Saturday, March 11, 2006

Cool as a Kappa

1700 Post Street
San Francisco, CA 94115
(415)673-6004
Chef Toshiaki Kimura
Dinner Monday through Saturday

Kappa Japanese on Urbanspoon

Tried: March 2006

Stepping into Kappa, a ten-seat restaurant behind a dark hidden door on the second floor above Denny's in Japantown in San Francisco, feels like entering a foreign country. The few words uttered by the stern, taciturn chef during the entire evening were in Japanese, and the menu posted on the wall, handwritten in brush calligraphy on a large scroll-like strip of paper, was almost exclusively in kanji. Fortunately, there is a condensed English version of the menu available, and the hostess/waitress, who takes the drink orders and serves the food, also speaks a few words of English.

Although no sushi is served at Kappa, the restaurant is built like a large sushi bar, with all of the seats facing the trapezoidal counter where the chef finishes the food for serving. A sashimi selection, however, is among the dishes available on the a la carte small plates menu (starting at $20), and is included in the seven-course prix-fixe menu called "koryori," starting at $75/person, which is required to be arranged a day in advance.

On this evening, the koryori dinner started with Ankimo, an ample-sized circular disk of monkfish liver served in a pool of ponzu sauce, garnished with diced scallions and a scoop of chili-tinted grated daikon radish. Monkfish liver tastes like a cross between uni and foie gras, and with the acidic ponzu sauce and the mildly spicy grated daikon, this dish was a spectacular starter. The next dish was a dungeness crab maki with Japanese cucumber salad, sprinkled with toasted sesame seeds. I was surprised to find small bits of crab shells in the maki. While the dish was still refreshing, since there was nothing else inside the dried seaweed wrapper other than crab meat, the purity of the presentation was disrupted by having to pick out shells.

The next course was a collection of tastes comprised of tamago (Japanese sweet egg omelette), kazunoko (pickled crunchy herring roe) sprinkled with dried bonito shavings, steamed asparagus spears with sesame paste, steamed uni with sushi rice, glazed with tamari and topped with freshly grated wasabi, duck breast wrapped with shiso leaf, a steamed sea snail, and a small dish of okara, which appeared to be a mixture of tofu, ground steamed fish, and white miso. The thick duck breast was meaty yet tender, and matched very well with the minty shiso leaf. The sesame paste on the perfectly cooked asparagus spears tasted like a milder cousin of peanut butter. Overall each flavor was clean and well executed.

A selection of sashimi came next, consisting of hamachi (yellowtail), toro (fatty tuna), mirugai (giant clam), and hirame (halibut), accompanied by the standard garnish of julienned raw white daikon strands and shiso leaf. The thick sauce accompanying the sashimi was a combination of tamari, konbu (kelp), bonito, and soy sauce.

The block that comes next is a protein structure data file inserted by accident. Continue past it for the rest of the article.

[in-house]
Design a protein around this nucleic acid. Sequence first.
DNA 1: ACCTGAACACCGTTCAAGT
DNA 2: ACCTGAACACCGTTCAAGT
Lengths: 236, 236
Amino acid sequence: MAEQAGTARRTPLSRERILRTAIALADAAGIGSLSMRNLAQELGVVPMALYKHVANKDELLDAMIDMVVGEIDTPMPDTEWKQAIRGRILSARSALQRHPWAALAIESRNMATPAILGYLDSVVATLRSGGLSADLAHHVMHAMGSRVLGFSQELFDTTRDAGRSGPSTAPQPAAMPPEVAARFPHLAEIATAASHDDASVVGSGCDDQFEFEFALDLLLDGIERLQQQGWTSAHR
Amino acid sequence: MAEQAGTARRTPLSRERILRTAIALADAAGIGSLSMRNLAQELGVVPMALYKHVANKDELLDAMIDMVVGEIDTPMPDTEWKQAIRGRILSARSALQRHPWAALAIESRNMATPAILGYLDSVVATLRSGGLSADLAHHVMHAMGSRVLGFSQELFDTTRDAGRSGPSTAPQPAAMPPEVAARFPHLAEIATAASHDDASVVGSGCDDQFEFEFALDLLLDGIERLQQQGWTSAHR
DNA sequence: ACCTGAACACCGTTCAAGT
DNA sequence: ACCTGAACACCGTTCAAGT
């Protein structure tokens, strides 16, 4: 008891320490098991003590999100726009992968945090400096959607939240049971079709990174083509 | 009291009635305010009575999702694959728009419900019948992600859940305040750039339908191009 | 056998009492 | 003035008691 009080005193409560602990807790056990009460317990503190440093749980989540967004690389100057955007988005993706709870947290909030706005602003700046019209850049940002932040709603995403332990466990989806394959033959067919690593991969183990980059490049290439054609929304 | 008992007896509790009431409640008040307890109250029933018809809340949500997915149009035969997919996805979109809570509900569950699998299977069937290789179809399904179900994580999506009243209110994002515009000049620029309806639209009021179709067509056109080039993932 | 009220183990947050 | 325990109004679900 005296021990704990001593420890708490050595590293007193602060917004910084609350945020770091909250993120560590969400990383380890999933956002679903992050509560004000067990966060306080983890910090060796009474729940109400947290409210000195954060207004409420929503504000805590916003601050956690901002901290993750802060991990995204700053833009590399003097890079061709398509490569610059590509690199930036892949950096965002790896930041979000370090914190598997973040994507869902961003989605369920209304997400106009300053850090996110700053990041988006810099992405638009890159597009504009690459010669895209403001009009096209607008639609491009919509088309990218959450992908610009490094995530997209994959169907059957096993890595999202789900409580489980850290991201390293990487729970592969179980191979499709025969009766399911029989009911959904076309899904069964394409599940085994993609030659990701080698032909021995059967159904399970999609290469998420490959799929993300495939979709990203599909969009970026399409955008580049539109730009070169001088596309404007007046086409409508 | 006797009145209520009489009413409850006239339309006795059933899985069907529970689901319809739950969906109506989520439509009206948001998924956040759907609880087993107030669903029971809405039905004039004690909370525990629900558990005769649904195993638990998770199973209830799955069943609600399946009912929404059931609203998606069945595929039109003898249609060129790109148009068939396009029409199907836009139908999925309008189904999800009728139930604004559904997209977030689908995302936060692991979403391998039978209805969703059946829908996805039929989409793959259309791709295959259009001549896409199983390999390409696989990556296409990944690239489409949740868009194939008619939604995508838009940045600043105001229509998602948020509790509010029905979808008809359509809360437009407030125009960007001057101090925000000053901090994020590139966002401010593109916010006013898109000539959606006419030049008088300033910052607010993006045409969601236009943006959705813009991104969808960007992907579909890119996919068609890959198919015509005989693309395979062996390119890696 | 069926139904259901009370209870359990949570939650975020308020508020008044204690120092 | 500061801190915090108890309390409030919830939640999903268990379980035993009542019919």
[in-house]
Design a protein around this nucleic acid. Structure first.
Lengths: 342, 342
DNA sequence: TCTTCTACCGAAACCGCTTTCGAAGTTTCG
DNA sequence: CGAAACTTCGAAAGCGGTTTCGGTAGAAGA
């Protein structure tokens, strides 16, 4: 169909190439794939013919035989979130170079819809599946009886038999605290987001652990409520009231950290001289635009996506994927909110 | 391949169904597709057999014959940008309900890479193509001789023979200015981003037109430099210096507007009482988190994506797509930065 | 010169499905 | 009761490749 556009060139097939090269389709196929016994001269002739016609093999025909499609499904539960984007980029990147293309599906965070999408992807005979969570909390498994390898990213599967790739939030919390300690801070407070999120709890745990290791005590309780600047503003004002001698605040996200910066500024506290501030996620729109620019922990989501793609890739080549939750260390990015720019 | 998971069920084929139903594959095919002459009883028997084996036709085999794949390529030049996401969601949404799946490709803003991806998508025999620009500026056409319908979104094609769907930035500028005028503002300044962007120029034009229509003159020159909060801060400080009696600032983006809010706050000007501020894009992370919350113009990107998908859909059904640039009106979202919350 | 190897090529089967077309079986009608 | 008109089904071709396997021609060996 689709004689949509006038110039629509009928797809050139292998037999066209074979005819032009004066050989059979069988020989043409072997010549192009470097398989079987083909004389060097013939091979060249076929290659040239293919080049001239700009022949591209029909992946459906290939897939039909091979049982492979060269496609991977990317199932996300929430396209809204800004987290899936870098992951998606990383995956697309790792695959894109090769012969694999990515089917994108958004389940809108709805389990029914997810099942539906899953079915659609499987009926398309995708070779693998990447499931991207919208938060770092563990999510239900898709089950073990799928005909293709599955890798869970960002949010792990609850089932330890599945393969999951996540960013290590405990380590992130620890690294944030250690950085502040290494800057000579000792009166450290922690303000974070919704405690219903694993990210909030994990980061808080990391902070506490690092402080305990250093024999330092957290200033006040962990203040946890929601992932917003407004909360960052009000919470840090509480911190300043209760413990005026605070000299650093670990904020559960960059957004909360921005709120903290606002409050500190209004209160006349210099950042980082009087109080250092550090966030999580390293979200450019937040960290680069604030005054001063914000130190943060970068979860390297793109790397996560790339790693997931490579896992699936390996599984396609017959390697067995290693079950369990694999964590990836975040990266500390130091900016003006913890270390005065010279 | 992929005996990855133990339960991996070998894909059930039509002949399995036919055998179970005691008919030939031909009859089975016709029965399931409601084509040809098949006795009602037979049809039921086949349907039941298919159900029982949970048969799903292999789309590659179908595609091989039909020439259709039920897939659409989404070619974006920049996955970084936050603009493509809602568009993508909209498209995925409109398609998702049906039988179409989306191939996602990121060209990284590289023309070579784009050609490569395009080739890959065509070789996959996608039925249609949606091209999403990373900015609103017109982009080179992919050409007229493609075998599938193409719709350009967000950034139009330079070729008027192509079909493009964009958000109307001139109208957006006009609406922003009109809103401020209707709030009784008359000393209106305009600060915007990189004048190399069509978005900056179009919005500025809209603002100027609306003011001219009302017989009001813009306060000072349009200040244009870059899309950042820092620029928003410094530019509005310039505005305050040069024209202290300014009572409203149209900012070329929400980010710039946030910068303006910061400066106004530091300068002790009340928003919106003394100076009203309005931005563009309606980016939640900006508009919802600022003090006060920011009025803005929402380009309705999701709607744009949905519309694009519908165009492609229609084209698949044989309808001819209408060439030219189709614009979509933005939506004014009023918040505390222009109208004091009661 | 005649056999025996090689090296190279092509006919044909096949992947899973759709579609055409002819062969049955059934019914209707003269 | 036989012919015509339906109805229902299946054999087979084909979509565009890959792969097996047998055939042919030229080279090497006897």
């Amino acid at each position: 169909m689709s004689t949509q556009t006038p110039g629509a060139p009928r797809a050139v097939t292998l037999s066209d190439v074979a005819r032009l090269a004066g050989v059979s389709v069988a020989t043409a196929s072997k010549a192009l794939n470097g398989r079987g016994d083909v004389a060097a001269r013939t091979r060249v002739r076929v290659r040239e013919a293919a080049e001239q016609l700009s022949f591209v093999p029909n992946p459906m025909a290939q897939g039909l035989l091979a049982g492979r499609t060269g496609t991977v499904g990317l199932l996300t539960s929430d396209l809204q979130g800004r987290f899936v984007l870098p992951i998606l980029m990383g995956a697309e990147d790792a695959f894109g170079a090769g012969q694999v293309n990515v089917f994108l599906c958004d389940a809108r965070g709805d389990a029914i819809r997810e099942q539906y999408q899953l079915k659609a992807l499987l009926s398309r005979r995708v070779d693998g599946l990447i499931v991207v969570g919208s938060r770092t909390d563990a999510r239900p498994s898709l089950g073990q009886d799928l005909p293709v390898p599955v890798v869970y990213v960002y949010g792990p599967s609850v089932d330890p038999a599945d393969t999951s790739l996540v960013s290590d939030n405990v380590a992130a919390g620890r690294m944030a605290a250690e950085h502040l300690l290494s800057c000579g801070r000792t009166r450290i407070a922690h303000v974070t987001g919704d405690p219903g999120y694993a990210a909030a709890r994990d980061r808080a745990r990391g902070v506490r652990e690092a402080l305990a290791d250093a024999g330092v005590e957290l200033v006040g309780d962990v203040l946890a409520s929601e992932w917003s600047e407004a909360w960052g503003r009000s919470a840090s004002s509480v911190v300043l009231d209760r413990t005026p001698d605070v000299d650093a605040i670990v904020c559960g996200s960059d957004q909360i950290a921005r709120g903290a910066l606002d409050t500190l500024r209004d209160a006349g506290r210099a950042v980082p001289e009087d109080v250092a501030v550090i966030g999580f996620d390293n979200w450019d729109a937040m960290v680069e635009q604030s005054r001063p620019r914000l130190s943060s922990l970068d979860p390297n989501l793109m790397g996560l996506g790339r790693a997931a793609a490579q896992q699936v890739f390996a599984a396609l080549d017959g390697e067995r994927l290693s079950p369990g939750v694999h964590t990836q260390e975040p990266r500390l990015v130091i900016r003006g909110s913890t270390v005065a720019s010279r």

I was less impressed with the next collection of tastes, comprised of spicy grilled herring stuffed with spiced herring roe, grilled unagi, a chicken meatball yakitori sprinkled with chili flakes, snow crab maki with deep-fried panko crust, and grilled beef tongue. The spicy grilled herring had entirely too many small fish bones to be able to eat comfortably, and the grilled unagi was only average in quality and flavor. The grilled tongue was unremarkable, as it seemed to be nothing but sliced, grilled meat with no distinction in spicing or preparation. I also found the slick texture of the meat unsettling. The overcharred chicken yakitori also had the impression of being cooked the day before and reheated. The snow crab maki, although a bit boring, was acceptably soft inside and crispy outside.

The final savory course of the koryori was a clear seafood broth containing turnip, Chinese broccoli, and taro root pieces. The turnip and taro root had been braised until they practically melted into the hot broth. At this point, left with only dessert in the prix-fixe menu but still somewhat hungry, we decided to take the cue from a couple who appeared to be regulars and order some dishes from the a la carte menu. The golden-brown panko encrusted kurobuta tonkatsu ($15) tasted as good as it looked and smelled, and the tender pork dripped juices as I took a bite. Although clean in taste, I was disappointed that the hirame usuzukuri, the other dish we tried (and the most expensive dish on the a la carte menu at $25), was nothing but a large single sashimi plate. We returned to dessert, which consisted of sliced mango, pear, and mochi with red bean paste.

Kappa was overall an interesting experience, but many of the dishes felt too pre-prepared and many ingredients seemed over-preserved, particularly given the cost of the meal. If it were presented in a more casual izakaya format (and pricing), I may have enjoyed it more. The sake list is appropriately impressive with a number of well-known daiginjo and ginjo sake labels, served in miniature carafes.

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